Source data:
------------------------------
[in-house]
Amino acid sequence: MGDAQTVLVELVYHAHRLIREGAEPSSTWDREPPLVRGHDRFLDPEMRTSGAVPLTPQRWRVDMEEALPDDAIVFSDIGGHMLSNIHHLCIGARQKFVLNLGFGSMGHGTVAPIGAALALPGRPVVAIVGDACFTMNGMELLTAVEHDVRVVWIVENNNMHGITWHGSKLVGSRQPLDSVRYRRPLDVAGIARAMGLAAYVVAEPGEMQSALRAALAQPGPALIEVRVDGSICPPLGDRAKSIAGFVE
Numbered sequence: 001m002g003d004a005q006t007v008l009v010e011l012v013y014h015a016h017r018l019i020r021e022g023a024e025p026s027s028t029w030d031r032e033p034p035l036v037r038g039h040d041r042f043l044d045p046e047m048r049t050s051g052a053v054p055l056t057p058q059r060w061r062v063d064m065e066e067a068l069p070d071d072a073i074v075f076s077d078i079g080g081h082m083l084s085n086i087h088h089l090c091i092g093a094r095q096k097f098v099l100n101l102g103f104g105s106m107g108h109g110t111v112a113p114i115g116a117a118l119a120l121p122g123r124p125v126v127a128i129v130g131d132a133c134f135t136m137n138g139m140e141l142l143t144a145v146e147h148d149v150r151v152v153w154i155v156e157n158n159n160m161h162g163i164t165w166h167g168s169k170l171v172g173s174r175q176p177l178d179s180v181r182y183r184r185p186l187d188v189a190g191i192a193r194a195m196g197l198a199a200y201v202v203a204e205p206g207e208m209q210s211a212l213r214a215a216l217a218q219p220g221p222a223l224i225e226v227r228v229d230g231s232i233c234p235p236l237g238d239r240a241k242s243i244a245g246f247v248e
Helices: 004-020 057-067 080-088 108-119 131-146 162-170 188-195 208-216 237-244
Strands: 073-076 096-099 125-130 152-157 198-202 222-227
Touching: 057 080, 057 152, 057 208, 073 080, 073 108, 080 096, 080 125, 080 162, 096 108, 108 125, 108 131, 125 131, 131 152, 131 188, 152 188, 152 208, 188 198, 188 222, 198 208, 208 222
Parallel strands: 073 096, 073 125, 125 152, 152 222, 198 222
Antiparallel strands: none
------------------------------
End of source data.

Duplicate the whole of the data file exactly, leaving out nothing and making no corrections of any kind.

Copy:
[in-house]
Amino acid sequence: MGDAQTVLVELVYHAHRLIREGAEPSSTWDREPPLVRGHDRFLDPEMRTSGAVPLTPQRWRVDMEEALPDDAIVFSDIGGHMLSNIHHLCIGARQKFVLNLGFGSMGHGTVAPIGAALALPGRPVVAIVGDACFTMNGMELLTAVEHDVRVVWIVENNNMHGITWHGSKLVGSRQPLDSVRYRRPLDVAGIARAMGLAAYVVAEPGEMQSALRAALAQPGPALIEVRVDGSICPPLGDRAKSIAGFVE
Numbered sequence: 001m002g003d004a005q006t007v008l009v010e011l012v013y014h015a016h017r018l019i020r021e022g023a024e025p026s027s028t029w030d031r032e033p034p035l036v037r038g039h040d041r042f043l044d045p046e047m048r049t050s051g052a053v054p055l056t057p058q059r060w061r062v063d064m065e066e067a068l069p070d071d072a073i074v075f076s077d078i079g080g081h082m083l084s085n086i087h088h089l090c091i092g093a094r095q096k097f098v099l100n101l102g103f104g105s106m107g108h109g110t111v112a113p114i115g116a117a118l119a120l121p122g123r124p125v126v127a128i129v130g131d132a133c134f135t136m137n138g139m140e141l142l143t144a145v146e147h148d149v150r151v152v153w154i155v156e157n158n159n160m161h162g163i164t165w166h167g168s169k170l171v172g173s174r175q176p177l178d179s180v181r182y183r184r185p186l187d188v189a190g191i192a193r194a195m196g197l198a199a200y201v202v203a204e205p206g207e208m209q210s211a212l213r214a215a216l217a218q219p220g221p222a223l224i225e226v227r228v229d230g231s232i233c234p235p236l237g238d239r240a241k242s243i244a245g246f247v248e
Helices: 004-020 057-067 080-088 108-119 131-146 162-170 188-195 208-216 237-244
Strands: 073-076 096-099 125-130 152-157 198-202 222-227
Touching: 057 080, 057 152, 057 208, 073 080, 073 108, 080 096, 080 125, 080 162, 096 108, 108 125, 108 131, 125 131, 131 152, 131 188, 152 188, 152 208, 188 198, 188 222, 198 208, 208 222
Parallel strands: 073 096, 073 125, 125 152, 152 222, 198 222
Antiparallel strands: none